It frustrated the hell out of me to understand how little communication vendors are doing with their data compared to enterprises in other markets. Or at least that was my impression looking from inside a vendor.

Fast forward to today, and what you find with CPaaS vendors is that they are offering a well oiled machine that provides generic communications. You can do whatever you want with it, and the smart ones are adding analytics on top for their own needs.

But want about the CPaaS vendors themselves? Shouldn’t they be doing something about analytics? Or its better branded colleague known as machine learning?

Gustavo Garcia wrote a good article about it – improving real time communications with machine learning. This is where most CPaaS vendors are probably looking today, optimizing their network to offer a better service.

But it is just scratching the surface.

The obvious is adding things around NLP – speech to text, text to speech, translation. All those are being done by integrating with third parties today, and many of the CPaaS vendors offer these out of the box.

To move the needle and differentiate, more needs to be done:

  1. The internal structure of the CPaaS vendors should take into account the need for researching data. Data scientists and machine learning people have to be part of the development and product teams for this to ever happen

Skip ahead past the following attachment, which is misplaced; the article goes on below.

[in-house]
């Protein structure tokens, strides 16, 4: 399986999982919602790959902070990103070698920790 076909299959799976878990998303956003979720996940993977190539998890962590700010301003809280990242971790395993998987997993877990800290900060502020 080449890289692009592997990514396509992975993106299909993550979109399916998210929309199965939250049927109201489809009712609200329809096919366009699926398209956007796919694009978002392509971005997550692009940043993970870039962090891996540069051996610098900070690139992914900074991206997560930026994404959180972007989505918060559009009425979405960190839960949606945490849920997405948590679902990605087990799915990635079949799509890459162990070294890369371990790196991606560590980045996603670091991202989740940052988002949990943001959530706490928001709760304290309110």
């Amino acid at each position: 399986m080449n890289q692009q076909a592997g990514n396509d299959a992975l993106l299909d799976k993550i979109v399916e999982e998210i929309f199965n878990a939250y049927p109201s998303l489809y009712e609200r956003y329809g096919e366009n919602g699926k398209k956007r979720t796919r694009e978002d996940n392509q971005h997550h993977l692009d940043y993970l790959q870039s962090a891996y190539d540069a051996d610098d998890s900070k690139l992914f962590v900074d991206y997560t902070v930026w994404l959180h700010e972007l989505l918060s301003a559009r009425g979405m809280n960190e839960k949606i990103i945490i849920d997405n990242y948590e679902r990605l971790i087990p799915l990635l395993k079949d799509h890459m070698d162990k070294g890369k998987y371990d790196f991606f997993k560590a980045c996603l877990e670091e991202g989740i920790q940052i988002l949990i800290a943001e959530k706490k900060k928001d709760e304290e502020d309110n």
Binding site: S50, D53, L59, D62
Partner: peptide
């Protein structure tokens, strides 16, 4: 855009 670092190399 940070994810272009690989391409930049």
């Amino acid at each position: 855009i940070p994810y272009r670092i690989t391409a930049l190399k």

2. CPaaS vendors need to start thinking on what they can offer by analyzing their own data (and their customer’s communications) beyond just optimizing it

If you are a CPaaS vendor and you don’t have at least a data scientist, a machine learning developer and a product manager savvy in this domain yet, then start recruiting.

#5 – AR/VR

Time to connect ARKit and ARCode to communications.

Augmented reality and virtual reality have been around for the better part of the last decade or two. But somehow, they are only now becoming interesting.

I guess the popularity of AR has grown a lot, and where it fits directly in smartphones today (and not the bulky 3D headsets) is with things like Pokemon Go and camera filters (started by popularized snapchat and found everywhere today).

With the introduction of Apple ARKit and Google ARCore, this is only going to get more commonplace. And what we see now is CPaaS vendors finding their way around this technology.